When it comes to treating a child with attention deficit hyperactivity disorder (ADHD), the parents’ goals tend to drive therapy in a distinct direction, according to new research.
Parents whose main concern is academic performance often will choose medication, but parents who are more concerned about behavior usually will opt for behavioral therapy first.
“If clinicians can bring evidence to parents, and parents can share their values and goals with their child’s doctor, the decision-making process can be easier and it’s likely to yield better outcomes,” said the study’s author, Dr. Alexander Fiks, an assistant professor of pediatrics at Children’s Hospital of Philadelphia and the University of Pennsylvania.
Still, Fiks was surprised that the treatment choices were so distinctly divided in the study. “I don’t know that I expected the choices to be so clear-cut,” he said.
For the study, researchers recruited 148 parents or guardians of children between the ages of 6 and 12 with a diagnosis of ADHD. They accepted parents of children who were already receiving treatment, as well as those just choosing a treatment for the first time. However, they did not accept participants who were already receiving a combination of medications and behavioral therapy.
The researchers developed and validated the ADHD Preference and Goal Instrument — a tool to measure the preferences and goals of parents of children with ADHD.
The findings showed that if parents were most worried about their child’s performance at school, they were more than twice as likely to choose medications as an initial treatment. However, if a parent was most concerned with the behavioral problems associated with ADHD, that parent was 60 percent more likely to choose behavioral therapy.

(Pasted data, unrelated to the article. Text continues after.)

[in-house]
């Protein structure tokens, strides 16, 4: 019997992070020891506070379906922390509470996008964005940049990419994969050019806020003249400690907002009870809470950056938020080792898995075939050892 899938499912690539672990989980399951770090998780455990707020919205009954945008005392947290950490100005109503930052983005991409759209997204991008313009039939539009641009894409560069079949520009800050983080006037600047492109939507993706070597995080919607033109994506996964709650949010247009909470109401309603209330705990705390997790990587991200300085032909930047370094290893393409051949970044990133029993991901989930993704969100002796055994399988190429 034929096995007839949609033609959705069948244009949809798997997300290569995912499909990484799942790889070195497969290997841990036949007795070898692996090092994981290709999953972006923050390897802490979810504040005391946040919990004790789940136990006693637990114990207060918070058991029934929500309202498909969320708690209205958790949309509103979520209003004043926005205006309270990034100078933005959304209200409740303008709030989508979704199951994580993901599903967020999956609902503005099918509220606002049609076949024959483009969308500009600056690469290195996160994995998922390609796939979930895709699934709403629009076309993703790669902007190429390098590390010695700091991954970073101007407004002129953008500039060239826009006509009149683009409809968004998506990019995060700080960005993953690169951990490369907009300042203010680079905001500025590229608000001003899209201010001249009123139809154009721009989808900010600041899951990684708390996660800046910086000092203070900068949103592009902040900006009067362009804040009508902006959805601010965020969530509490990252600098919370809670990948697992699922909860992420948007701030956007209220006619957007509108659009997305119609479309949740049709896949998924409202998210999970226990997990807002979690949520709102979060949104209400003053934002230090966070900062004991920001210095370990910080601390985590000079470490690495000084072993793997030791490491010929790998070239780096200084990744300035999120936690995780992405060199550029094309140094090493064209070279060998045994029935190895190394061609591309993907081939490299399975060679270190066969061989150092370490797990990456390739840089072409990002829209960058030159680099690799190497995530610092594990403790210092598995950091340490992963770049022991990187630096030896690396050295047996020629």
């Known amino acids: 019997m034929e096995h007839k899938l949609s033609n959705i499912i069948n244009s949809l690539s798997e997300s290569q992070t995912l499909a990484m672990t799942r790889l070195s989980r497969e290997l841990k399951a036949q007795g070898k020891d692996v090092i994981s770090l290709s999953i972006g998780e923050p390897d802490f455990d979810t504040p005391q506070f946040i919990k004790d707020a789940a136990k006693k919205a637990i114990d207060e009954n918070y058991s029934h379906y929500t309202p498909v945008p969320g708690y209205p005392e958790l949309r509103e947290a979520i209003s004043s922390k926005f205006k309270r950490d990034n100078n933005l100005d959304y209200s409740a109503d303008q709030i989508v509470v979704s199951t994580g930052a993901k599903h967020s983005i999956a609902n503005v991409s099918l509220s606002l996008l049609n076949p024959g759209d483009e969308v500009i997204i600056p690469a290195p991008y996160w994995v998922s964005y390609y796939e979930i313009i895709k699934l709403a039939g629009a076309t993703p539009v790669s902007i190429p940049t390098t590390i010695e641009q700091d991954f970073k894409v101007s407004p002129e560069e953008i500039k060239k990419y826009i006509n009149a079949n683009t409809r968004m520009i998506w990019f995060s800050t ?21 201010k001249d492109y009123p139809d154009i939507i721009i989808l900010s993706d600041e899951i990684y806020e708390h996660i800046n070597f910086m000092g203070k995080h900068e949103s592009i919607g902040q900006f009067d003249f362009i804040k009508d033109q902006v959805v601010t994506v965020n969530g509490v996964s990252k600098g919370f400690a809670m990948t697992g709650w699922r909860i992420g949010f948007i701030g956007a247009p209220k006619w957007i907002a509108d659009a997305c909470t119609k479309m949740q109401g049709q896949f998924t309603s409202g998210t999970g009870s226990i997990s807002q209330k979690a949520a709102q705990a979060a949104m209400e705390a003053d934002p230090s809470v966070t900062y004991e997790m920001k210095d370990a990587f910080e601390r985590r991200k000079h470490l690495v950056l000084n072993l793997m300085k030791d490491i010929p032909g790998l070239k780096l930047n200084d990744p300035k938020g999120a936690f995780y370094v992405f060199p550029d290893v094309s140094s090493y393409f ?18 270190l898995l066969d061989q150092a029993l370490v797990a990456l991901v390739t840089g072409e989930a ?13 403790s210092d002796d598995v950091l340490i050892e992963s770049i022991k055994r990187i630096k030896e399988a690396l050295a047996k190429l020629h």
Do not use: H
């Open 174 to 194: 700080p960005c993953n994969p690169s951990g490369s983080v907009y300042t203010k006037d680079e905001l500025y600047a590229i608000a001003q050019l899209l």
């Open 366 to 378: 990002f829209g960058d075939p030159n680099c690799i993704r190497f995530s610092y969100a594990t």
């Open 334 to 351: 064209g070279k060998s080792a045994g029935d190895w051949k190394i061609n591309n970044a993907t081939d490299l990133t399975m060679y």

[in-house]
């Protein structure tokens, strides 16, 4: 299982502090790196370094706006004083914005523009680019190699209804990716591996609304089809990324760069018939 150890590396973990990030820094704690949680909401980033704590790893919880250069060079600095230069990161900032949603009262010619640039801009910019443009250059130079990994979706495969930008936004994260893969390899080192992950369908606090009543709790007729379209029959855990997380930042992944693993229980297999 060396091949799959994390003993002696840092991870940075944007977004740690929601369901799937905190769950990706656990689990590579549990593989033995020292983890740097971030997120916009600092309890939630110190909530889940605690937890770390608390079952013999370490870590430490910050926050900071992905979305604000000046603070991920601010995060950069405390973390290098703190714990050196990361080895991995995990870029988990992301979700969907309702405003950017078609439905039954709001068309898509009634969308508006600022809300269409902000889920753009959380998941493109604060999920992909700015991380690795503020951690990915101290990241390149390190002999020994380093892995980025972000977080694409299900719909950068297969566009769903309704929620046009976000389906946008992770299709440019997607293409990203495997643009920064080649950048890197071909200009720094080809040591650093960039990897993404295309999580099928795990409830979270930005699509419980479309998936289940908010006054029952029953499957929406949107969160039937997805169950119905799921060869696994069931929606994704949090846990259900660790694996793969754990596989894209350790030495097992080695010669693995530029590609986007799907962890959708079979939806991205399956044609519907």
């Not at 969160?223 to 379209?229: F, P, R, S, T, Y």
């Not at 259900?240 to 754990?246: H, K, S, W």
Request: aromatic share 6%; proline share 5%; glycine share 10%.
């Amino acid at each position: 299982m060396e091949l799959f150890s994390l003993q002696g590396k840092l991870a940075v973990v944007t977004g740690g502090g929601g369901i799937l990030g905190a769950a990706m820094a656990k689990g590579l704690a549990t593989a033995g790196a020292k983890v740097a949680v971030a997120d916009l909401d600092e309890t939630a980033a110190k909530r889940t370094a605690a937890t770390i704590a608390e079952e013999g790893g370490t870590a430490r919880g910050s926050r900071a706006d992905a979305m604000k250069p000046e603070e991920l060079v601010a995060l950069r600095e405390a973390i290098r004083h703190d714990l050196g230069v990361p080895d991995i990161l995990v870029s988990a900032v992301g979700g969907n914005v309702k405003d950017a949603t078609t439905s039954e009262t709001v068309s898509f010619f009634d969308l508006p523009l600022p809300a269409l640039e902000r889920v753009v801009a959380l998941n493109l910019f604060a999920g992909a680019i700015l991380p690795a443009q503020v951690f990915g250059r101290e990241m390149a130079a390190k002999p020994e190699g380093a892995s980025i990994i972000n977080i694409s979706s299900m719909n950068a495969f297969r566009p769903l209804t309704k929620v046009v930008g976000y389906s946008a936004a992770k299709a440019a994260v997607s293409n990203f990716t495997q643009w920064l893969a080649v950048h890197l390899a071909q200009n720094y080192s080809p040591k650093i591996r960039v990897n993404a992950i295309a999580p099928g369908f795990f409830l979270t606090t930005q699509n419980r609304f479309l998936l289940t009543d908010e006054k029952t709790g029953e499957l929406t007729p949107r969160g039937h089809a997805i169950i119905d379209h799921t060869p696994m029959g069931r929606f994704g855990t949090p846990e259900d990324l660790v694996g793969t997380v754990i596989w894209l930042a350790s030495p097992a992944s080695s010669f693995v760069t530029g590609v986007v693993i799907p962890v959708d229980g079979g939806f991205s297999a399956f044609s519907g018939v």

“Our findings highlight the importance of talking about goals. If people feel like they’ve been heard and valued, they feel like the treatment is working toward something they care about,” noted Fiks.
“This approach could help with conditions like asthma, where there are multiple treatments. Starting with a family’s goals could really be a big innovation in care.”
Dr. Andrew Adesman, chief of developmental and behavioral pediatrics at the Steven and Alexandra Cohen Children’s Medical Center of New York in New Hyde Park was also surprised to see such a “distinct delineation” with treatment choices.
He said he was particularly surprised that parents of children with behavior issues were more likely to choose behavioral therapy. Behavior therapy is effective, he said, but it means multiple appointments and can take a bit longer to see any changes.
“These are often the parents I find more receptive to medication,” he added.
Fiks thought that parents might see a behavior problem as separate from a medical problem. “When parents think about behavior problems as non-medical, then non-medical treatments might seem more acceptable,” he noted.
Both experts believed that involving parents in the decision process would likely lead to more parent participation in the chosen treatment, which leads to better outcomes.
“This study drives home the importance of soliciting family preferences around treatment options, and pediatricians would be well-advised to engage parents and try to elicit any treatment preferences and biases they may have,” said Adesman.